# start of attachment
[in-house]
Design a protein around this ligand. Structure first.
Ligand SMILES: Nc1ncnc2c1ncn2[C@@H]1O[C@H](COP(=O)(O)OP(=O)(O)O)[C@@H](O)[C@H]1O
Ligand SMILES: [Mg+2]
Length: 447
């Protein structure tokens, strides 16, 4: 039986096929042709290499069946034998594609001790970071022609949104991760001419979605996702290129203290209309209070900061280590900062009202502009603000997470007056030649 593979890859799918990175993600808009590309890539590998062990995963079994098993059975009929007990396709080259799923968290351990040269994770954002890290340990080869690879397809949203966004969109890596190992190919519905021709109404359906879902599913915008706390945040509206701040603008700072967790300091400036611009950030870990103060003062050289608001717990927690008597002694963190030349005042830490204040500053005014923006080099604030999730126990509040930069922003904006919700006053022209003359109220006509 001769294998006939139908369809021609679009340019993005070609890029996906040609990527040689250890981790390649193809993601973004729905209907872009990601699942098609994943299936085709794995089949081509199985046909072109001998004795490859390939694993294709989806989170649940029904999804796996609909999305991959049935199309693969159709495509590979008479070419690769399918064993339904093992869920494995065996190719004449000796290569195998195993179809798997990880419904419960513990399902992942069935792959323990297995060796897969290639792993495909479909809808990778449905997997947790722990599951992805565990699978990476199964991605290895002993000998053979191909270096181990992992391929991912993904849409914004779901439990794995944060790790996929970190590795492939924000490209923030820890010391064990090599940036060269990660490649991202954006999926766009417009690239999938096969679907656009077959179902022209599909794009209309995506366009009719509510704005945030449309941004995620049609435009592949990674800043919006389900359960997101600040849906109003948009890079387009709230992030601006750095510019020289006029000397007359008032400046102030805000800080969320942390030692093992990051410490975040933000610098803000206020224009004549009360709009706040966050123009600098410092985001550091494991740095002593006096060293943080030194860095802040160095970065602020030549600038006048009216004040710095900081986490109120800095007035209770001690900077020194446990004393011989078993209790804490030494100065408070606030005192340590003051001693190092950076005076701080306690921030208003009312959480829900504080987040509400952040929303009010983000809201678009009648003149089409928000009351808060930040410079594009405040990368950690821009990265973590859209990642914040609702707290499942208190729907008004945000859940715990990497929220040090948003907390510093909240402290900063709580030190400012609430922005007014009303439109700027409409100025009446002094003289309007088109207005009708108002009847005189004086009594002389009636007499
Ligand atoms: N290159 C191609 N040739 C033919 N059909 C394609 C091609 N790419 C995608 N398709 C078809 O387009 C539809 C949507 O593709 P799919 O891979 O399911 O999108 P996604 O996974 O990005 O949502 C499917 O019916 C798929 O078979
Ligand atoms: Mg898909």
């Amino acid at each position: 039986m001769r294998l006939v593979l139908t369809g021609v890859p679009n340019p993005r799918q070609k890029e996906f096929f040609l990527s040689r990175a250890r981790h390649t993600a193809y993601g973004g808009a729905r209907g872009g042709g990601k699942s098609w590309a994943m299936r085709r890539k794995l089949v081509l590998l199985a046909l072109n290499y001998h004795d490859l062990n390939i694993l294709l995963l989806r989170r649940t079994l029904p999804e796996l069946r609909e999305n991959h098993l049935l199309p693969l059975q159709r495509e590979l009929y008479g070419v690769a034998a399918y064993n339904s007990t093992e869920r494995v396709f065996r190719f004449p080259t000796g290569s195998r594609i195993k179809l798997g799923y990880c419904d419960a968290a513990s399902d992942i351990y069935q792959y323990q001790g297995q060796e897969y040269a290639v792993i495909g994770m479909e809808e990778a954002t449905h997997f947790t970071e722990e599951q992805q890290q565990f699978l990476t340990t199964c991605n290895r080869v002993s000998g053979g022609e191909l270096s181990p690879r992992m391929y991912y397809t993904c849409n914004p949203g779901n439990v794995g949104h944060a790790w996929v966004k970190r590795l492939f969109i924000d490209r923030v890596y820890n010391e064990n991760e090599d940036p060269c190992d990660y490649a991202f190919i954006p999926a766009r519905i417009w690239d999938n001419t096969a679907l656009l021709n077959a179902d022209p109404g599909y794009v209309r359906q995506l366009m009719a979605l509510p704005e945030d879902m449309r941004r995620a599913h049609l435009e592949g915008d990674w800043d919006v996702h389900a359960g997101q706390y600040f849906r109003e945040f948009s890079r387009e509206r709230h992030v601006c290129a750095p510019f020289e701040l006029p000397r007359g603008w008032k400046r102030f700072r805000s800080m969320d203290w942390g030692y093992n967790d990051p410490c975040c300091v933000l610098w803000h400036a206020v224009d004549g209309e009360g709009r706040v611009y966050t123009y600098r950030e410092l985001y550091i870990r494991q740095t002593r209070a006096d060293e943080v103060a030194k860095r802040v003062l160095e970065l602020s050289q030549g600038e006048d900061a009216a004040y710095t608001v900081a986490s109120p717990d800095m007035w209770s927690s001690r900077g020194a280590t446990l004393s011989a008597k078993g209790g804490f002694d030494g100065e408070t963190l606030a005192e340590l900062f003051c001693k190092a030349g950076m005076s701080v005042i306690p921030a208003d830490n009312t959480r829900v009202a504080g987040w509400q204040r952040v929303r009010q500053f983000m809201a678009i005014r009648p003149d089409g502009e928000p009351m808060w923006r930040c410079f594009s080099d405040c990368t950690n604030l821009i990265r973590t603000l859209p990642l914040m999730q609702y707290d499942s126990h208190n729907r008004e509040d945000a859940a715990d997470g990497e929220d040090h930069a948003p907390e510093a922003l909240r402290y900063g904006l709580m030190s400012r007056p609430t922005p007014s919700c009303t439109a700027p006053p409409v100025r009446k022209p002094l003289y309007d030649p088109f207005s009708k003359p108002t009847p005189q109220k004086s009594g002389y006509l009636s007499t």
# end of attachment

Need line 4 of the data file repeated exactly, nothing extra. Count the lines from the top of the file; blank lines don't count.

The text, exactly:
Ligand SMILES: [Mg+2]